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The AAPG/Datapages Combined Publications Database

Houston Geological Society Bulletin


Houston Geological Society Bulletin, Volume 53, No. 03, November, 2010. Page 35 - 35.

Abstract: Neogene Basin Development in the Waqia Valley, Southeast Pamir

Daniel Imrecke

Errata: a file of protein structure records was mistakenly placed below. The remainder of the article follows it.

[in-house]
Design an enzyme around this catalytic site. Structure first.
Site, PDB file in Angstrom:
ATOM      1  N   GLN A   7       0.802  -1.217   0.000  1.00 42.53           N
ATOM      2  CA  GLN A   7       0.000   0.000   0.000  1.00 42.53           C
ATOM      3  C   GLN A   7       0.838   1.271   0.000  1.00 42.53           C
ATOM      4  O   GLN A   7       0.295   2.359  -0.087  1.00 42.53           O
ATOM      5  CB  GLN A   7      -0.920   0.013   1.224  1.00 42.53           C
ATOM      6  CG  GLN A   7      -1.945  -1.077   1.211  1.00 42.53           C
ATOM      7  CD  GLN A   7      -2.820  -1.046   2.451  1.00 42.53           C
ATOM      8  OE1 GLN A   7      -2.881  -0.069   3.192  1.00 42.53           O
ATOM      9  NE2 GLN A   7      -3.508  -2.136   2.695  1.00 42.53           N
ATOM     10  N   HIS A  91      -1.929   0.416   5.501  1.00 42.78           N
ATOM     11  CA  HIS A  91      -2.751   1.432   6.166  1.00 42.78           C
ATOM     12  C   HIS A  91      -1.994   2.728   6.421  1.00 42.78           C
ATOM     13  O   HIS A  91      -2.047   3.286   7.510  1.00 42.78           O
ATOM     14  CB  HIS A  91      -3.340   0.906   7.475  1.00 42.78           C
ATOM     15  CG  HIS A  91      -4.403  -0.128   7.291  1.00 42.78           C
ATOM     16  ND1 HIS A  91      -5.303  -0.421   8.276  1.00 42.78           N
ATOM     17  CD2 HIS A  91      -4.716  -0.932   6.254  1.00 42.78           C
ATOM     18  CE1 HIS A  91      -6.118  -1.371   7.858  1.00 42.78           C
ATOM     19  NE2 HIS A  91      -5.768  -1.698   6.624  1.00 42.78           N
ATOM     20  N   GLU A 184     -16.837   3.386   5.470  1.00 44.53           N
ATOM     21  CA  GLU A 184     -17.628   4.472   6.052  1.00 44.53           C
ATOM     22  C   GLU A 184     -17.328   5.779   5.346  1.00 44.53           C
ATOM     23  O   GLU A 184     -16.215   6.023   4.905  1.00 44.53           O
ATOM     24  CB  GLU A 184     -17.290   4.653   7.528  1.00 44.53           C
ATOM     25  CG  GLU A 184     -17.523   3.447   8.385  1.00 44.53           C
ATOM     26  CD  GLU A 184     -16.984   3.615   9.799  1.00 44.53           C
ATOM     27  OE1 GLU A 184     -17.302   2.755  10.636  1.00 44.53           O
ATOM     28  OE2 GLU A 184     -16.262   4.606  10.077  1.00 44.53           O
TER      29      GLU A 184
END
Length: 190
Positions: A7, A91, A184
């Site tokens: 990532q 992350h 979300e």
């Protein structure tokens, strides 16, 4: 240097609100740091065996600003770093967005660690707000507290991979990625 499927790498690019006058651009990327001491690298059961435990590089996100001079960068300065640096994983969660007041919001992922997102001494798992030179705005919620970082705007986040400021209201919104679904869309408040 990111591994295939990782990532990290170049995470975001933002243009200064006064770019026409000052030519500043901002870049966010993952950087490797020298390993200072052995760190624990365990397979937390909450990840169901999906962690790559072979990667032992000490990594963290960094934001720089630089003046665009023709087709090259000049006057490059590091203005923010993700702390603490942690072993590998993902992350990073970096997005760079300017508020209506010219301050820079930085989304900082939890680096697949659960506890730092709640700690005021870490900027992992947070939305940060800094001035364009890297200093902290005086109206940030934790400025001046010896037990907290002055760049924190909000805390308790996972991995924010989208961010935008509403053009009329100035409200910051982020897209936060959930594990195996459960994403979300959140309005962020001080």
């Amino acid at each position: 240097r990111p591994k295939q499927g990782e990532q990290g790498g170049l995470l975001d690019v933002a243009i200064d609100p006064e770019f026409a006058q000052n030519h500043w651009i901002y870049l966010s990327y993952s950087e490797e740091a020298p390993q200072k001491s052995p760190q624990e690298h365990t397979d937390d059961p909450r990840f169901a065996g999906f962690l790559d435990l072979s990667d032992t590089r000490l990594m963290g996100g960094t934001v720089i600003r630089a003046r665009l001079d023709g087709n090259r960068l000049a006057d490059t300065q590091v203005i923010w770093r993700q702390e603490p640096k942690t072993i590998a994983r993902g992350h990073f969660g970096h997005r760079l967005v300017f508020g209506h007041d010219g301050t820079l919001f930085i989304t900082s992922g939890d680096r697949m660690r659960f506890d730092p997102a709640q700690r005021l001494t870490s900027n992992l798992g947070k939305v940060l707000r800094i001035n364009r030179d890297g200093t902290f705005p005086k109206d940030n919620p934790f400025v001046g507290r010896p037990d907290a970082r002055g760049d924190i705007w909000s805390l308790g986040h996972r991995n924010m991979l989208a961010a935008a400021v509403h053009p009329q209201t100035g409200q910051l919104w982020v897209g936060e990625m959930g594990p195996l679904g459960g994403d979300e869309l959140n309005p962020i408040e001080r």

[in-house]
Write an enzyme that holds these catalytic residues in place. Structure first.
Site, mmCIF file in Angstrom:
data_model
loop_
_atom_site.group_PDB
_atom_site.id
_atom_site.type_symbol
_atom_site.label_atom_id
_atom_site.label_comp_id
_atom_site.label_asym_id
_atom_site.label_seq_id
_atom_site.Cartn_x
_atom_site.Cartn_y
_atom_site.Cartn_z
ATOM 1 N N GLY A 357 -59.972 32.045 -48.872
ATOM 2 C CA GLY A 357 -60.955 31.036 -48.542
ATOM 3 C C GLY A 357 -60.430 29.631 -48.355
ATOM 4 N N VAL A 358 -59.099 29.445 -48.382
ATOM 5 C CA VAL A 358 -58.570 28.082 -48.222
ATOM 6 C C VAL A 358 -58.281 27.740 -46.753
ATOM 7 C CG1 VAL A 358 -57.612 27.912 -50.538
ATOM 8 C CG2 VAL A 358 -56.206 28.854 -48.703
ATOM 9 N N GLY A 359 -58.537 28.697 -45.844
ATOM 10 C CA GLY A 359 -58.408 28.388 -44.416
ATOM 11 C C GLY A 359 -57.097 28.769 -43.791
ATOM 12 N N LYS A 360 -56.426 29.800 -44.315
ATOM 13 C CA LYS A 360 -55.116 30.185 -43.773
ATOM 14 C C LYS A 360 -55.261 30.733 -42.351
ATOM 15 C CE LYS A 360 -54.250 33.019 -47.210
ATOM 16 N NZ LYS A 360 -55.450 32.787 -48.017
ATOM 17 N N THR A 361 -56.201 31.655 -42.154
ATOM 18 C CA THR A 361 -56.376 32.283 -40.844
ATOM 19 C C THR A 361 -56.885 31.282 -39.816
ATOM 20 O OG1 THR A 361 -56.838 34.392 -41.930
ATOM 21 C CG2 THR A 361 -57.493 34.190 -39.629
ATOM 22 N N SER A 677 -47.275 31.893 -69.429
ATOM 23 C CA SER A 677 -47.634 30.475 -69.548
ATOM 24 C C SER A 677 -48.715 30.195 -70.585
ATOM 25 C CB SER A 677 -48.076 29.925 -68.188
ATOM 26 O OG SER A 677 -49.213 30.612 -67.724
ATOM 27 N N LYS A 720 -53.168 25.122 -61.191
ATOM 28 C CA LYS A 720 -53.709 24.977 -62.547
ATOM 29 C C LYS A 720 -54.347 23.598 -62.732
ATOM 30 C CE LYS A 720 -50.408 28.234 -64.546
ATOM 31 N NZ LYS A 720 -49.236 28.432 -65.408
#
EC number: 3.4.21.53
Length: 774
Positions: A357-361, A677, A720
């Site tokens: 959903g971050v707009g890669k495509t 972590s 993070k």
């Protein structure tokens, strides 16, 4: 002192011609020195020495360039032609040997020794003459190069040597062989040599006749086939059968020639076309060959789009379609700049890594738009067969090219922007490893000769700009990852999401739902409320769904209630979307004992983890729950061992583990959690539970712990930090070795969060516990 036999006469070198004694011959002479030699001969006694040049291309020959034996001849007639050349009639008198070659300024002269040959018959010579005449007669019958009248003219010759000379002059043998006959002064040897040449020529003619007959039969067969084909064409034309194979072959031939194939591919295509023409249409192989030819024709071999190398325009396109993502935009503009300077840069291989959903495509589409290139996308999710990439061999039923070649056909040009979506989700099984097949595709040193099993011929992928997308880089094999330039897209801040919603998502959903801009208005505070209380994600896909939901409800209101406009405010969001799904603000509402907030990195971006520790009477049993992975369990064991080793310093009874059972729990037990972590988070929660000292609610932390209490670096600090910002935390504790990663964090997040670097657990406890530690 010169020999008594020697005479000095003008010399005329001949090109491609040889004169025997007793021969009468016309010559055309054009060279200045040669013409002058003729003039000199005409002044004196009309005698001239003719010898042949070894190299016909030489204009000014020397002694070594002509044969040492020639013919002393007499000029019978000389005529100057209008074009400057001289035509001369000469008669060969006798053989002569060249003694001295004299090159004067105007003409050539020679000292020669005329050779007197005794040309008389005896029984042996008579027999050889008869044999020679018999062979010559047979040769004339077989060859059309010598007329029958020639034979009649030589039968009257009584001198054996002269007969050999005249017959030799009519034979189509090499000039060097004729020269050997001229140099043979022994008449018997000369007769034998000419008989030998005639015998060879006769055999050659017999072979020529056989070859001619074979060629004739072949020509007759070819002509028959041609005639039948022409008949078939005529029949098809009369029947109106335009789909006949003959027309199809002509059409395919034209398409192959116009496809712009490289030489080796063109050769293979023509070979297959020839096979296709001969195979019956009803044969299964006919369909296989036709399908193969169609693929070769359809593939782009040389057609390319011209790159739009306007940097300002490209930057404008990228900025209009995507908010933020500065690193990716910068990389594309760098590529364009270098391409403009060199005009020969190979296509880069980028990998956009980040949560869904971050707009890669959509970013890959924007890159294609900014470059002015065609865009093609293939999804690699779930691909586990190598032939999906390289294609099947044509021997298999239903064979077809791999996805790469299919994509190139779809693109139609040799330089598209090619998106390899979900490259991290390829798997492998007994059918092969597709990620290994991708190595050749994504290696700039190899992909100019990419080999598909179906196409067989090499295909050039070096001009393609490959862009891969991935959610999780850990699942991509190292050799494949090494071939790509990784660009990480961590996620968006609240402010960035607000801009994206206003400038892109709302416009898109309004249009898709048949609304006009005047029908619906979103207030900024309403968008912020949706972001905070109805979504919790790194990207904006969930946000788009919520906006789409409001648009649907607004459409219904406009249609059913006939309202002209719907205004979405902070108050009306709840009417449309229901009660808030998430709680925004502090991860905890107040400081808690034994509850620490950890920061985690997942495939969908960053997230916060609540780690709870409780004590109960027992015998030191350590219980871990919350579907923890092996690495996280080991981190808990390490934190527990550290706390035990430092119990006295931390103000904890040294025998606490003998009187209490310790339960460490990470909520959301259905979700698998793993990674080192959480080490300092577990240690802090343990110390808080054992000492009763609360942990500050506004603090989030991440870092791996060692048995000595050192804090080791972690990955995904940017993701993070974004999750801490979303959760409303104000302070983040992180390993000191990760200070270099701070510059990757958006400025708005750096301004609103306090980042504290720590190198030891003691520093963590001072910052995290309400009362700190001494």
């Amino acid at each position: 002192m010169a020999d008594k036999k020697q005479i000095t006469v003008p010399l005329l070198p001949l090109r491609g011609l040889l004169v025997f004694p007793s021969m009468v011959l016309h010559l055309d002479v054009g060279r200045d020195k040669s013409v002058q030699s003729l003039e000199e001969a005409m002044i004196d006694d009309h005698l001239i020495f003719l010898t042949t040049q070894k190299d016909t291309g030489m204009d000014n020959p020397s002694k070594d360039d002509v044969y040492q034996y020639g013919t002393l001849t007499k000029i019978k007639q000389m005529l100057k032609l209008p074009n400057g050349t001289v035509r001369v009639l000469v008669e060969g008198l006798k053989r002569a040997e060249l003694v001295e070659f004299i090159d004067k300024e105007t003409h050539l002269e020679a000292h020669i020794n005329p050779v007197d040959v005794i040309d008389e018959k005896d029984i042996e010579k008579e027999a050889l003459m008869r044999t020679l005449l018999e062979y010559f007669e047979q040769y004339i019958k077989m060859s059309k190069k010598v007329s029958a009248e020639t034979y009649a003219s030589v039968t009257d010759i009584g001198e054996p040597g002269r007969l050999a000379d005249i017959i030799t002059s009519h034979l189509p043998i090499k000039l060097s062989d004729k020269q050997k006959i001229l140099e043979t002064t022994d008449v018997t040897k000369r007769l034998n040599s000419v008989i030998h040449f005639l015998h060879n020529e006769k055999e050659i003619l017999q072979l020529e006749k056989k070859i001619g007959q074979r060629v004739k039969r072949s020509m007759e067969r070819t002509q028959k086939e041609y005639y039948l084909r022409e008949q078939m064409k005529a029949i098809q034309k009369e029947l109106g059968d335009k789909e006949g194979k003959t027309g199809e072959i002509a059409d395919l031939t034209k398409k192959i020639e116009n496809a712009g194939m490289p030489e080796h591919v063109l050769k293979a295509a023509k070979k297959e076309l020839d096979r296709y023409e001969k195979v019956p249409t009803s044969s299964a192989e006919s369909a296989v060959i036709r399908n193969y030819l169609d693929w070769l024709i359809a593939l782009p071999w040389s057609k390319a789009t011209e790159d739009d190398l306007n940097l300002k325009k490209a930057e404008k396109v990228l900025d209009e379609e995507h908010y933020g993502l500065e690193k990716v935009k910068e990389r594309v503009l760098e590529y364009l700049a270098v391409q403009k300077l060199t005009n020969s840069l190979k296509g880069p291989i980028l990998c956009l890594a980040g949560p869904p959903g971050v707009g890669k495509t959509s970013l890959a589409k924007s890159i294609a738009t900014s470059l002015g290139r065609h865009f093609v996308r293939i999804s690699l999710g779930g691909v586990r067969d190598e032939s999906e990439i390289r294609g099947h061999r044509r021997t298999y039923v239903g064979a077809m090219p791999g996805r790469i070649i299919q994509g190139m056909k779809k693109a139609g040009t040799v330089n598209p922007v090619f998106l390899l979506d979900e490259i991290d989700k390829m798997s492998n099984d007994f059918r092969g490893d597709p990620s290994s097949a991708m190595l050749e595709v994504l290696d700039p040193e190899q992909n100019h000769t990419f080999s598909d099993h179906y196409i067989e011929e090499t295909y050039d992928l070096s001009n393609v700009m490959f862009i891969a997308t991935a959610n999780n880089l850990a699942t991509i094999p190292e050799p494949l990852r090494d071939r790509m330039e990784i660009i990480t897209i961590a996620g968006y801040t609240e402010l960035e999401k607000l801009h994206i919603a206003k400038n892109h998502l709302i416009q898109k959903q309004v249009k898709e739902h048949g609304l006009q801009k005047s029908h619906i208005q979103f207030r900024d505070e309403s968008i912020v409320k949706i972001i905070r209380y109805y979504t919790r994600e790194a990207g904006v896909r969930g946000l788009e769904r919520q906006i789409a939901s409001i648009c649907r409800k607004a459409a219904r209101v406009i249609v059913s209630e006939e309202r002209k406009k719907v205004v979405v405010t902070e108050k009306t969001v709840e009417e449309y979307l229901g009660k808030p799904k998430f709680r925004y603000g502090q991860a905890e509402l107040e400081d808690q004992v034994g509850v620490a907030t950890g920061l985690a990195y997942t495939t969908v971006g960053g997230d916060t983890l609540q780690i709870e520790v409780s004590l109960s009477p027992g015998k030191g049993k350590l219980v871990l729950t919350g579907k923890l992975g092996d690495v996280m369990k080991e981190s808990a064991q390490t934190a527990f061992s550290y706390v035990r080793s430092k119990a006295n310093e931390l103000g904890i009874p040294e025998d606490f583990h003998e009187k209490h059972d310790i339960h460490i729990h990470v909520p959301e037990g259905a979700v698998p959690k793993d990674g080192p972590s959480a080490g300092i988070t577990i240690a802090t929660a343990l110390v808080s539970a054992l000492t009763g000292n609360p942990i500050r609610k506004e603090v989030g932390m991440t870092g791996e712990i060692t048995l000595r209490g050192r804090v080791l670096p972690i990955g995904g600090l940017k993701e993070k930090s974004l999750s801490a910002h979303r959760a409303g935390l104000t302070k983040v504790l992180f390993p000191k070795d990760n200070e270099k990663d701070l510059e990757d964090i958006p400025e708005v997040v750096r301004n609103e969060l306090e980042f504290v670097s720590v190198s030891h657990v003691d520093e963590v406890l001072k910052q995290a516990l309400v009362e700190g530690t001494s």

Recent fieldwork along the north-northwest trending Waqia Valley in the southeast Pamir has identified a thick sequence of Neogene deposits in an extensional basin. Stratigraphic and structural relationships change within the basin from north to south. Along the northern end of the Waqia Valley, Neogene lacustrine and fluvial sediments with a minimal thickness of ~250m overlie basement schists and marbles above a buttress unconformity interpreted to reflect infilling of the paleotopography of the valley. These Neogene sediments are deformed by a westfacing monocline along the eastern margin of the valley. To the south, the eastern side of the Waqia Valley is bound by a steeply west-dipping normal Previous HitfaultNext Hit, the Waqia Previous HitFaultNext Hit. Subsidence of the hanging wall has accommodated ≥1000m of Neogene sediment fill in a half-graben. Neogene sediments grade from fluvial/ lacustrine deposits in the center of the valley to cobble/boulder conglomerate fans with landslide blocks of presumed footwall lithologies in the east, adjacent to the Previous HitfaultNext Hit. Slickenside lineations on minor faults within the basin deposits adjacent to the Waqia Previous HitFaultNext Hit show both normal and strike-slip components. While highly degraded scarps at the south end of the Waqia Previous HitFaultNext Hit suggest recent activity along a portion of the Previous HitfaultNext Hit, Quaternary terrace deposits in the vicinity of the monocline and along the northern half of the Waqia Previous HitFaultNext Hit show no evidence of recent deformation. Timing of the Waqia Previous HitFaultNext Hit and associated basin sediments is unknown. However, structural and stratigraphic relationships of the Previous HitfaultNext Hit and associated Neogene deposits suggest it is likely Late Miocene to Pliocene in age. Regionally, the Waqia Valley occurs along the strike of the interpreted northwest extent of the Karakax Previous HitFaultNext Hit and the southeast flank of the easternmost Central Pamir gneiss dome. We suggest two possible models for the development of the Waqia Previous HitFaultNext Hit and associated basin deposits: (1) The Waqia Valley is a releasing-bend associated with regional left-lateral strike-slip deformation at the western section of the Karakax Previous HitfaultNext Hit. This model, however, is inconsistent with regional kinematic architecture of the Karakax Previous HitFaultNext Hit, which requires the presence of a transpressional Previous HitfaultNext Hit in the area. (2) The Waqia Previous HitFaultTop and basin development are kinematically related to the development of mid-Miocene Central Pamir gneiss domes.

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